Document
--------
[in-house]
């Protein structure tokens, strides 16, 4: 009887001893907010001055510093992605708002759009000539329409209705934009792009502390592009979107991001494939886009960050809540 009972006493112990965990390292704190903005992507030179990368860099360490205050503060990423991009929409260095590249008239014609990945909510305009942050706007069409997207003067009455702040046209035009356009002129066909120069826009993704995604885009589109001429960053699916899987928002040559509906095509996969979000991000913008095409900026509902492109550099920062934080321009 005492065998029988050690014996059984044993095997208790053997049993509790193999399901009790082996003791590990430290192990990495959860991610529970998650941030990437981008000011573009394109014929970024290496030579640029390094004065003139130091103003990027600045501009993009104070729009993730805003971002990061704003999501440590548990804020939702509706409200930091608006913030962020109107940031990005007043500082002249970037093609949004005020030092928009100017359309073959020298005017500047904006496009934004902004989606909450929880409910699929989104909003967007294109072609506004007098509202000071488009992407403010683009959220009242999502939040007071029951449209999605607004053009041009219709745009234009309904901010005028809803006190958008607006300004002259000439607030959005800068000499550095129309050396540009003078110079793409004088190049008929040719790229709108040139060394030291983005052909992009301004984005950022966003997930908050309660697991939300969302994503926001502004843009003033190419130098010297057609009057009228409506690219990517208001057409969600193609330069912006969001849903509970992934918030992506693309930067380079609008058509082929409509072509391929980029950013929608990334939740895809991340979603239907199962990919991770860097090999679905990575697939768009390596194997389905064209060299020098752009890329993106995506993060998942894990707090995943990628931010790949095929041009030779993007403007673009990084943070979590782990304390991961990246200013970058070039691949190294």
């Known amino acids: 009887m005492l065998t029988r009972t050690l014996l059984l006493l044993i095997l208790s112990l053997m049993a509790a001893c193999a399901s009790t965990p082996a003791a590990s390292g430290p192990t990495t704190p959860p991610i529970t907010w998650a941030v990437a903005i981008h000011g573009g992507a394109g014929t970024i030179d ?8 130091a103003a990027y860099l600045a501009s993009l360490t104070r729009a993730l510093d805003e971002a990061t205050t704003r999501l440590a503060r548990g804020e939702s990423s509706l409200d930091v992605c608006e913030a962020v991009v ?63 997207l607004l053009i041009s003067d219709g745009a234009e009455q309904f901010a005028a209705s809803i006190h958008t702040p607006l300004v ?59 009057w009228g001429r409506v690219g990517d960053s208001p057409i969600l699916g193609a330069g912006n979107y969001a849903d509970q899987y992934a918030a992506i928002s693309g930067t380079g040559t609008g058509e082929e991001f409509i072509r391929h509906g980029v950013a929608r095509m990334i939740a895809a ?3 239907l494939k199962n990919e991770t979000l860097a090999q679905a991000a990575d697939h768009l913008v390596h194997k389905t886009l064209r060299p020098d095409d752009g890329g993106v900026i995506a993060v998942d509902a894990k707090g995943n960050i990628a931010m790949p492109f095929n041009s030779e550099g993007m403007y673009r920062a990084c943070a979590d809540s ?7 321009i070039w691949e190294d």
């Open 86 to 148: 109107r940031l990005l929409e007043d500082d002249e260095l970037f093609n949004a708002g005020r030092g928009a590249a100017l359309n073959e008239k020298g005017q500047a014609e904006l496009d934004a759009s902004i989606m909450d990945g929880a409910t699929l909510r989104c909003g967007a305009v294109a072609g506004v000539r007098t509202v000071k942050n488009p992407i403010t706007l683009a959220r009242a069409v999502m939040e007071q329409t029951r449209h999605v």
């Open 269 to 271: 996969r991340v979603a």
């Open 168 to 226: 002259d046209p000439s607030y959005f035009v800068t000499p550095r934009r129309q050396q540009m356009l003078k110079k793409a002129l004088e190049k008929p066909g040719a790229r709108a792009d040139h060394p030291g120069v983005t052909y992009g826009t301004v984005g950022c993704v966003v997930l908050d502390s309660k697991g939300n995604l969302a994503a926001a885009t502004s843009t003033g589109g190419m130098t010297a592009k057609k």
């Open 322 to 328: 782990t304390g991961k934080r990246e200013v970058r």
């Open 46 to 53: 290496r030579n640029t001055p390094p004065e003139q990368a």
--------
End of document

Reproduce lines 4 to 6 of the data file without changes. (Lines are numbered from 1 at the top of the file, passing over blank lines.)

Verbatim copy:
């Open 86 to 148: 109107r940031l990005l929409e007043d500082d002249e260095l970037f093609n949004a708002g005020r030092g928009a590249a100017l359309n073959e008239k020298g005017q500047a014609e904006l496009d934004a759009s902004i989606m909450d990945g929880a409910t699929l909510r989104c909003g967007a305009v294109a072609g506004v000539r007098t509202v000071k942050n488009p992407i403010t706007l683009a959220r009242a069409v999502m939040e007071q329409t029951r449209h999605v």
């Open 269 to 271: 996969r991340v979603a």
């Open 168 to 226: 002259d046209p000439s607030y959005f035009v800068t000499p550095r934009r129309q050396q540009m356009l003078k110079k793409a002129l004088e190049k008929p066909g040719a790229r709108a792009d040139h060394p030291g120069v983005t052909y992009g826009t301004v984005g950022c993704v966003v997930l908050d502390s309660k697991g939300n995604l969302a994503a926001a885009t502004s843009t003033g589109g190419m130098t010297a592009k057609k």